If the issue is still not resolved or you were already using the latest available drivers, move down to the next potential fix below.

Method 2: Installing ASIO4All

As it turns out, you might also experience this problem if you’re using a 3rd party microphone whose driver is using a driver that’s causing incompatibility issues on Windows 10. This instance is most commonly encountered with Blue Snowball microphone.

If this scenario is applicable to your particular scenario, you should be able to fix this problem by temporarily unplugging the microphone while you replace the current driver that is used with the 3rd party equivalent from ASIO4All. There are a lot of uses confirming this method as the only thing that allowed them to fix the critical crashes originating from the CMUSBDAC.sys.

Here’s a quick step by step guide with everything you need to do:

  1. First things first, unplug your 3rd party microphone.
  2. Open your default browser and download the latest version of the Asio4All driver by clicking on the hyperlink associated with your default language. 
  3. Once the download is complete, double-click on the installation executable of Asio4All and hit Yes at the UAC (User Account Control) prompt to grant admin access to the installer.
    Installing Asio4All driver
  4. Once the installation is complete, restart your computer and wait for the next startup to complete.
  5. Finally, plug your 3rd party microphone back into your computer and see if the problem is now fixed.

In case this scenario was not applicable or you’re still getting the same type of crash originating from the CMUSBDAC.sys file, move down to the next potential fix below.

Method 3: Uninstalling the C-Media USB Audio Class driver 

Since CMUSBDAC.sys file is associated with the 3rd party audio drivers from C-Media, you should take the time to investigate whether these drivers are currently active inside Device Manager. Keep in mind that the Audio Class driver from C-Media is partially incompatible with Windows 10, so you’re better off uninstalling it in order to allow the generic drivers to take its place.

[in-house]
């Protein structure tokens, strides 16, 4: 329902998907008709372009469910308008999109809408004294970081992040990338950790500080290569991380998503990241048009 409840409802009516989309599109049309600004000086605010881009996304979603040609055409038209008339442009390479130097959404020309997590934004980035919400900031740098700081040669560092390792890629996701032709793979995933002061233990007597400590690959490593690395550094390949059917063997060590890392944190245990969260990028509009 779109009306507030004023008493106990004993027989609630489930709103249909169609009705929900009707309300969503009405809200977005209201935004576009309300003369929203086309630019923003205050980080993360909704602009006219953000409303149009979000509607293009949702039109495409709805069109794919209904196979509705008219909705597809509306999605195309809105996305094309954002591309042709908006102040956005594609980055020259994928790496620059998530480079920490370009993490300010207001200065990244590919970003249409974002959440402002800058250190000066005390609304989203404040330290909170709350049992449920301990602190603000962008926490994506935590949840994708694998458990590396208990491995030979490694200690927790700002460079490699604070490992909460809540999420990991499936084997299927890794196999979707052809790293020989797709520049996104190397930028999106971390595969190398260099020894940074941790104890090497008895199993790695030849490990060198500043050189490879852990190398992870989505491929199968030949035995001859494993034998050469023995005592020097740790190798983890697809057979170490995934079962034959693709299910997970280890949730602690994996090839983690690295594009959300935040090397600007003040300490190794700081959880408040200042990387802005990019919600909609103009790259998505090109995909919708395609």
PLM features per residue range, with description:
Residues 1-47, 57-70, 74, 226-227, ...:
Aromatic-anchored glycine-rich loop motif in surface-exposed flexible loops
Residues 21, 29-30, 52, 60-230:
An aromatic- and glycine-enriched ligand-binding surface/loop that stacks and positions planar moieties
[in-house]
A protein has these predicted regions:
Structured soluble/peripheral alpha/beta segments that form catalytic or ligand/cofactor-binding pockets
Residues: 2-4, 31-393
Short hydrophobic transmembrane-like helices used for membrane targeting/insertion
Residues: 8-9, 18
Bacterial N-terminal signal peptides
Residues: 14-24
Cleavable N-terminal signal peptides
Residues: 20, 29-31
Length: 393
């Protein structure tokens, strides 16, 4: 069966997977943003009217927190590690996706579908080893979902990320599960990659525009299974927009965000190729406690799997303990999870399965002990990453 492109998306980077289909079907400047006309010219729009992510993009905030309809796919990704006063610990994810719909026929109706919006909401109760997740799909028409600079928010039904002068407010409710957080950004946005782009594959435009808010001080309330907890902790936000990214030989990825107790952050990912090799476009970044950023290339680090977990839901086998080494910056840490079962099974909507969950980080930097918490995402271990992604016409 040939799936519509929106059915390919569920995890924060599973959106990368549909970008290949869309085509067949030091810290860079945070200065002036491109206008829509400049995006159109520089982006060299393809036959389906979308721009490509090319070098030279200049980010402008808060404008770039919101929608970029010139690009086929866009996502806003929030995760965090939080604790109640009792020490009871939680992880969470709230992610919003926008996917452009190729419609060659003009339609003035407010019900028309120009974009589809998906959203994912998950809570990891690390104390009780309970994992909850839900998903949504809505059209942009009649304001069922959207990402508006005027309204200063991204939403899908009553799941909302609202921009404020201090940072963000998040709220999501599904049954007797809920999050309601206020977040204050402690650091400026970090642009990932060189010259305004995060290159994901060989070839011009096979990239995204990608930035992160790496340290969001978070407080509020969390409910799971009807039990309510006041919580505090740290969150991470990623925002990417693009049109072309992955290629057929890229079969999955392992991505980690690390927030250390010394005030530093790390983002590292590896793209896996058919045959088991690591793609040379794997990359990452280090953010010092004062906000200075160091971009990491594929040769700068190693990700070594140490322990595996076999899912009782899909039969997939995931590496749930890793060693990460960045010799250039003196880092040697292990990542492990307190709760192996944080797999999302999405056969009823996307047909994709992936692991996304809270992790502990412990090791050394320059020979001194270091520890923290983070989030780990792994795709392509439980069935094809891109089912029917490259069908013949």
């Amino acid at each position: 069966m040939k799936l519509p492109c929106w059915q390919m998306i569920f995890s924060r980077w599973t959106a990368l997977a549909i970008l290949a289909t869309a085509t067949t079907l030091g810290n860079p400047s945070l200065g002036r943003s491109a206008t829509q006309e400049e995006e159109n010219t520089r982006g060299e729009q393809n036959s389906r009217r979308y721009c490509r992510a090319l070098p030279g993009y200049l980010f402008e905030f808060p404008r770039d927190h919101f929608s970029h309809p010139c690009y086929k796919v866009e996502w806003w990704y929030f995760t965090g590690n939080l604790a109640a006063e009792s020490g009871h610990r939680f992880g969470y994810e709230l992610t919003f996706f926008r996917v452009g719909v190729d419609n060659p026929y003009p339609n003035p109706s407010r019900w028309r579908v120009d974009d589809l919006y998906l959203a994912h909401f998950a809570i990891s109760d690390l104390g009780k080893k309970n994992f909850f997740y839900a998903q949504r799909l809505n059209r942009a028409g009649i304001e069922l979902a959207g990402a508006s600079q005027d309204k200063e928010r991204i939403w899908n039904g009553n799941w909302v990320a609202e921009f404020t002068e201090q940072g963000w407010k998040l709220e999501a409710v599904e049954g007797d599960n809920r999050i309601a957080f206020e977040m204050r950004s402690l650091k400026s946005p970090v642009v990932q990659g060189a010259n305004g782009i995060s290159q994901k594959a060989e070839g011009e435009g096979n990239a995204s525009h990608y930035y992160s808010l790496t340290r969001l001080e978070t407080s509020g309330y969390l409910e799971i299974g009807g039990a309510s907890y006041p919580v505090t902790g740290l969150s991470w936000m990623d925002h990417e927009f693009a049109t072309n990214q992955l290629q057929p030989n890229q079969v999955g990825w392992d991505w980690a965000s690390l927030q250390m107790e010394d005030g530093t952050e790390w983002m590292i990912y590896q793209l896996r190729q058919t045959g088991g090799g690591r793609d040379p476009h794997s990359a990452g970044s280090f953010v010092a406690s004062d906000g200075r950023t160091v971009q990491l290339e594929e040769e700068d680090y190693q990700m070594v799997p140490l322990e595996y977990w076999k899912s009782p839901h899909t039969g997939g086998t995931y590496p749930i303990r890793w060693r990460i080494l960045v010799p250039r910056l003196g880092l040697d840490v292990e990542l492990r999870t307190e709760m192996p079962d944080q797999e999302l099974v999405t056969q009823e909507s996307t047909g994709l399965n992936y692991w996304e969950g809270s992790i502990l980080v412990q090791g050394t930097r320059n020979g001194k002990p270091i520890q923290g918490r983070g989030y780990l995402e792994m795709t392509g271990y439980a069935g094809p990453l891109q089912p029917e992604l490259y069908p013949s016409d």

This fix has been confirmed to be effective by a lot of affected users, especially in situations where the Windows 10 installation was obtained after an upgrade from Windows 7 or Windows 8.1.

If this scenario is applicable to your current situation, follow the instructions below to use Device Manager to uninstall the C-Media USB Audio Class driver from your computer and allow the generic Windows 10 drivers to be used instead:

  1. Press Windows key + R to open up a Run dialog box. Next, type ‘devmgmt.msc‘ inside the text box and press Enter to open up Device Manager. If prompted by the UAC (User Account Control) prompt, click Yes to grant admin access.
    Type devmgmt.msc and Press Enter to Open Device Manager
  2. Inside Device Manager, scroll down through the list of installed devices and expand the drop-down menu associated with Sound, video and game controllers.
  3. Once you’re inside the Sound, video and game controllers menu, right-click on C-Media USB Audio Class driver and choose Uninstall device from the context menu.
    Uninstalling the C-Media USB Audio Class driver
  4. At the confirmation prompt, complete the uninstallation of the driver, then restart your computer and wait for the next startup to complete.
  5. After your computer boots back up, the generic drivers should have already replaced the tasks of the C-Media USB Audio Class driver, so you should no longer be seeing BSODs associated with the CMUSBDAC.sys file.
Kevin Arrows
Kevin is a dynamic and self-motivated information technology professional, with a Thorough knowledge of all facets pertaining to network infrastructure design, implementation and administration. Superior record of delivering simultaneous large-scale mission critical projects on time and under budget.

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How to Fix CMUSBDAC.sys Blue Screen of Death on Windows 10?